Considering a Boxer?
is thought by many to be the ideal family dog. Those who love the breed
know them to be exuberant, loyal and loving companions. They are NOT,
however, the ideal breed for everyone. The same qualities and
characteristics that endear them to those who love them may make them
unsuitable for some households. To those who are considering owning a
boxer we offer the following information - not to discourage potential
loving owners, but to aid them in making a conscientious decision.
Owning a boxer is a joy - acquiring one demands a true commitment to
the physical and emotional health of the dog.
One of the
primary characteristics that must be taken into account when
considering a boxer is the high energy level common to the breed.
Boxers are lively, active dogs, and may be too boisterous for some
households. The proper balance of rest and exercise is essential.
extremely "people-oriented" and have a great need for human
companionship. Those who receive insufficient attention may resort to
"bad" behavior in an attempt to gain it.
is a HOUSE dog. While they may enjoy regular play and exercise outdoors
they are not suited for outside living. Their short coats cannot
protect them from long exposure to cold temperatures and their short
muzzles make them susceptible to extreme heat.
is a natural guardian of his home, but should NOT be purchased solely
for that purpose. ALL dogs require intensive training in order to
perform properly as protection animals. Only those with absolutely
sound temperaments are suitable.
any breed, obedience training is essential for a well-mannered,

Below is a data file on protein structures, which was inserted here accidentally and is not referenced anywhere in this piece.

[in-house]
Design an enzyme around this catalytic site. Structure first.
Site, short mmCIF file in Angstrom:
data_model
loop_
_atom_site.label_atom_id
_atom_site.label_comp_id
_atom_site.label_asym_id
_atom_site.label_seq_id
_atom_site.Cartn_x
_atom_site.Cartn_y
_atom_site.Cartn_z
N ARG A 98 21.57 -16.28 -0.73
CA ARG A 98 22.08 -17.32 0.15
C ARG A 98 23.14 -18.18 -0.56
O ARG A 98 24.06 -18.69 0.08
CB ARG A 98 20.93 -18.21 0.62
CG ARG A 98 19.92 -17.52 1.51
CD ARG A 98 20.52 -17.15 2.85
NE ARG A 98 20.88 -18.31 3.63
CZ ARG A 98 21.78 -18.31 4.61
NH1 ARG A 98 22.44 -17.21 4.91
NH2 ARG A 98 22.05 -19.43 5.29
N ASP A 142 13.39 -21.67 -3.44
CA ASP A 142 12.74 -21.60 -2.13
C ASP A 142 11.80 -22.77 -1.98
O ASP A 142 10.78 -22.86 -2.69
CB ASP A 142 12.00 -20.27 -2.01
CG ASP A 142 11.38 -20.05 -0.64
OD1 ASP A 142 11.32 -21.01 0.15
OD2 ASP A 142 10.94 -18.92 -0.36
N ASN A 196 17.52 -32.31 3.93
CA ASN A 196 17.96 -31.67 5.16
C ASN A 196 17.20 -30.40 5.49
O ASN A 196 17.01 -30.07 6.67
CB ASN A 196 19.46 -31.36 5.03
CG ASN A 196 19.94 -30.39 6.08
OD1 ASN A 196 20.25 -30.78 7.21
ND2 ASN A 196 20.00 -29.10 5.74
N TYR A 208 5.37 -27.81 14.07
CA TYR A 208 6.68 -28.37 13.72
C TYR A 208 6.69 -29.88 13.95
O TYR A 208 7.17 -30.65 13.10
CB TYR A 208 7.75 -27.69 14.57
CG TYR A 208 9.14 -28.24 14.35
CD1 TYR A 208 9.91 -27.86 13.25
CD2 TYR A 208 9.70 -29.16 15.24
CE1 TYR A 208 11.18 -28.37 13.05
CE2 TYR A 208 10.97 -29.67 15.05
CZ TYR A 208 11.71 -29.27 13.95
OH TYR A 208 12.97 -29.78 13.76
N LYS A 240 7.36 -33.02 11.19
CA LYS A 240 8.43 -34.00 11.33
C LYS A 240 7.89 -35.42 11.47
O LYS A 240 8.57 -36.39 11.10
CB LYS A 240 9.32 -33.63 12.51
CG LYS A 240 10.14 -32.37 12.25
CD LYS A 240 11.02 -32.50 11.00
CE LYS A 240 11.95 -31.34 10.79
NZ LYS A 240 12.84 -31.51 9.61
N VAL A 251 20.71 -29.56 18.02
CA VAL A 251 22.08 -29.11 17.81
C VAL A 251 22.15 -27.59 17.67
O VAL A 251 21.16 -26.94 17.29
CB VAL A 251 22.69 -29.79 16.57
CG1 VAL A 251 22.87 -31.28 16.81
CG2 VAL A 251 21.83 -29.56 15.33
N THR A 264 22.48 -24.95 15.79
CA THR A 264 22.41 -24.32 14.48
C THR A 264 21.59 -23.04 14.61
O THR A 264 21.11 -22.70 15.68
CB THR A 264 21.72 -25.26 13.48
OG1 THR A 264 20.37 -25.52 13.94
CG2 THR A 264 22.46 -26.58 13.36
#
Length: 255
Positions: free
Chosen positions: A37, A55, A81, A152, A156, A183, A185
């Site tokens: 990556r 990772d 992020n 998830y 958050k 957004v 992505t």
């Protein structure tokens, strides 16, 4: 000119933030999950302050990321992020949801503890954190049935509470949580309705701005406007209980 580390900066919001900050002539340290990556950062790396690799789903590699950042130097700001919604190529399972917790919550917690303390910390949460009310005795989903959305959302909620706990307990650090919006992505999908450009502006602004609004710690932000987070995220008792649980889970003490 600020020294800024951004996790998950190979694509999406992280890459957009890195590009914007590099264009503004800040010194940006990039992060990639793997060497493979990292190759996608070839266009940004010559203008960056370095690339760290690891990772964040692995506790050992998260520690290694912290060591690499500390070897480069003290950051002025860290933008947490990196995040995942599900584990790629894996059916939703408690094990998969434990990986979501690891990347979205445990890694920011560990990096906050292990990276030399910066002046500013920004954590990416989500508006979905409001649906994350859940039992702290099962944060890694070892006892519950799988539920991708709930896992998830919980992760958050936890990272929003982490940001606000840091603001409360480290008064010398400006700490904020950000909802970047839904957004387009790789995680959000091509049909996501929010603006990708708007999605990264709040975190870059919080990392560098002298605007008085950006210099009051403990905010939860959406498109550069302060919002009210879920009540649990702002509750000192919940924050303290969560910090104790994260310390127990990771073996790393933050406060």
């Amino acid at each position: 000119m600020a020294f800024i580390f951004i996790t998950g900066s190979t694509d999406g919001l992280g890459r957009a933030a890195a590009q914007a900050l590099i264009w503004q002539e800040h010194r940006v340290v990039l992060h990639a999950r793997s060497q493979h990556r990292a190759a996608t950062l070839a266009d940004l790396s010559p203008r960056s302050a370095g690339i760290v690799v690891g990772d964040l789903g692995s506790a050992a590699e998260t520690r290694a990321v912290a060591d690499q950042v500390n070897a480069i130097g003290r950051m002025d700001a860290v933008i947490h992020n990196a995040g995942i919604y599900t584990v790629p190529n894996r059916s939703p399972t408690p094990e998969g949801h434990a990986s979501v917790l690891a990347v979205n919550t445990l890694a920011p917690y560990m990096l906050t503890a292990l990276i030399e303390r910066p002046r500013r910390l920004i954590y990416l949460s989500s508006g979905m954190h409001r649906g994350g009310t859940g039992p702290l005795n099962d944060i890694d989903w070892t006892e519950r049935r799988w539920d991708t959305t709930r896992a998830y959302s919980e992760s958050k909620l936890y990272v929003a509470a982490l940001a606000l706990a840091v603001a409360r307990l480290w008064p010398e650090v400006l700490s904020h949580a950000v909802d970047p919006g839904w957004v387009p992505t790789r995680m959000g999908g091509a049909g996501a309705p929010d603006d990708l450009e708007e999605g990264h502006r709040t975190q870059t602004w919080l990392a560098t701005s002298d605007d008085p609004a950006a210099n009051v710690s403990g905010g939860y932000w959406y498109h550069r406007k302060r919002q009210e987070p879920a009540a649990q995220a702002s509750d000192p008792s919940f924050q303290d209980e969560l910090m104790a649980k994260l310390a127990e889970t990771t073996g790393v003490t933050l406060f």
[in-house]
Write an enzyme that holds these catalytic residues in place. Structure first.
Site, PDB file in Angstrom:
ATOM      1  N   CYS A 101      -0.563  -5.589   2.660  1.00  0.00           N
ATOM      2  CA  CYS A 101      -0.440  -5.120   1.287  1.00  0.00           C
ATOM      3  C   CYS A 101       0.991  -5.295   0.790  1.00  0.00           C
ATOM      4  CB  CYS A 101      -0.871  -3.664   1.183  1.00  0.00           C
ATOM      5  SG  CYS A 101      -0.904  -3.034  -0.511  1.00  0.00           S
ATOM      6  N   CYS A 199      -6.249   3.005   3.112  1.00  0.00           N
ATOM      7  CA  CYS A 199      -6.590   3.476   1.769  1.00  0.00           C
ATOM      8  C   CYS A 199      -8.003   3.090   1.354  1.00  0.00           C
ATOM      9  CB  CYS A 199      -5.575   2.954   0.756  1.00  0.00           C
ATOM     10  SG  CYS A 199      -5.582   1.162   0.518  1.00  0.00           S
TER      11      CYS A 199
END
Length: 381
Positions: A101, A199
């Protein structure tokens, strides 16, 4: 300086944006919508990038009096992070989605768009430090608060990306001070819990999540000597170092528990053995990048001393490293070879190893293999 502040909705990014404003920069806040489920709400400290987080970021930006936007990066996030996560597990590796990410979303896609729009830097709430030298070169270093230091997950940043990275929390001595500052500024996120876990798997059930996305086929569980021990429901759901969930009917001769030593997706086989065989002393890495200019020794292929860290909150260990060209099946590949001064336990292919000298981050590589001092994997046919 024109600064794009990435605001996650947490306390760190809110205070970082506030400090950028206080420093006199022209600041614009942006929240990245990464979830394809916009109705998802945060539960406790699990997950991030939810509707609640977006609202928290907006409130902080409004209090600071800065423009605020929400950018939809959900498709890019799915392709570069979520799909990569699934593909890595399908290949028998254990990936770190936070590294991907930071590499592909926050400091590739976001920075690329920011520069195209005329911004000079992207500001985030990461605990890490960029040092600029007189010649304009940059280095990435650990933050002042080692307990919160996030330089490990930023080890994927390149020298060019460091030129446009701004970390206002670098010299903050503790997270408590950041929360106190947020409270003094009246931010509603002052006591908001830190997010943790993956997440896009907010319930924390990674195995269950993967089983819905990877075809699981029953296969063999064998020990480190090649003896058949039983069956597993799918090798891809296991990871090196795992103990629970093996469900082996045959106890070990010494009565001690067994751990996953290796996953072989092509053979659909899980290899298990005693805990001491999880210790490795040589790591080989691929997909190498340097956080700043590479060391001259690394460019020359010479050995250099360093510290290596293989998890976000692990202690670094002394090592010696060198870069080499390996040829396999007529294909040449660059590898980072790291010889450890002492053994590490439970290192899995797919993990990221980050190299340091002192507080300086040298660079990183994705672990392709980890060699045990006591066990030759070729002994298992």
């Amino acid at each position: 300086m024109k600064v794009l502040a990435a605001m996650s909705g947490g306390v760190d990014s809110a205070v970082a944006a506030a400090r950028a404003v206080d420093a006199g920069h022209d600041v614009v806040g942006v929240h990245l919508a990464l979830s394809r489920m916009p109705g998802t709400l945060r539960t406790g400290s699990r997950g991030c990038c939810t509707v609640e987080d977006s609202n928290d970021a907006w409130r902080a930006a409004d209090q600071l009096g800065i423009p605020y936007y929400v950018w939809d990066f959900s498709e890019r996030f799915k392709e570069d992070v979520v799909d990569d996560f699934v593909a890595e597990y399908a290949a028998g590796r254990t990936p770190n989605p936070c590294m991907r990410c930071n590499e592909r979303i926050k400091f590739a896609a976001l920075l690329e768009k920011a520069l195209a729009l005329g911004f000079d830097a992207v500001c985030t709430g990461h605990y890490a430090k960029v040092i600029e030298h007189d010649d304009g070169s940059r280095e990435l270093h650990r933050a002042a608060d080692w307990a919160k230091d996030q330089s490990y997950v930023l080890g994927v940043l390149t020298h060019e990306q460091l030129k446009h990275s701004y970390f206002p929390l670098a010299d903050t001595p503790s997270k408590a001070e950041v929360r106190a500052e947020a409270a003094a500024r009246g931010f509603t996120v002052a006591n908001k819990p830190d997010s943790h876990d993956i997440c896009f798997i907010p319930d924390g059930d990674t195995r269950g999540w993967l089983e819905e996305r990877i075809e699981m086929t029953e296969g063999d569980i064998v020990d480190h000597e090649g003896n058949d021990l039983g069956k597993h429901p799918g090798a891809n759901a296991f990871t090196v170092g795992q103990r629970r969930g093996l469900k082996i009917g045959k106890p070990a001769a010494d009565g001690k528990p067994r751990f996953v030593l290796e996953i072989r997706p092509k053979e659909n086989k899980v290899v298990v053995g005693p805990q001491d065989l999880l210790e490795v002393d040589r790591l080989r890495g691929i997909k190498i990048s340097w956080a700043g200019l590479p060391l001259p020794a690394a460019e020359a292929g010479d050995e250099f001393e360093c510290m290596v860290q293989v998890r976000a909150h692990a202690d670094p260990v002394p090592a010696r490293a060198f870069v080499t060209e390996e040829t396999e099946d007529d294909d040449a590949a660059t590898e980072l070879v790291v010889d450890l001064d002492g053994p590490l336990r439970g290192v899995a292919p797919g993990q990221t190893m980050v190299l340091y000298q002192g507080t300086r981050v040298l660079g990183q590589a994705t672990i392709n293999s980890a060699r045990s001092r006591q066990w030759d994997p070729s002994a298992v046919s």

disciplined companion. Boxers are an intelligent, clever breed. It is
important to remember that an intelligent dog can devise more ways of
getting into trouble than a dull one. Boxers must be trained in a firm
but fair manner - they do not respond well to (or deserve) harsh
boxer's short, tight coat requires little grooming, however like most
breeds, they DO shed, particularly in Spring and Fall. The degree of
shedding varies with the individual. Some lines are prone to skin
Boxers are not wet mouth also known as drooling. Usually this is
only when they have just finished drinking water. They
may also snore.
Official standard of the boxer calls for cropped ears. While many pet
owners opt not to have this procedure, those who have their boxer
cropped must be prepared to perform the necessary aftercare and taping
to ensure the ears stand properly. This CAN be a lengthy process.
Finally, on the rather delicate subject of flatulence- the boxers digestion is sometimes less than perfect. Even when fed a high quality food, SOME may have rather frequent and, well-noxious episodes of passing gas. This, of course, varies with the individual and may not occur at all. ( Just don't say you weren't warned if it does. )
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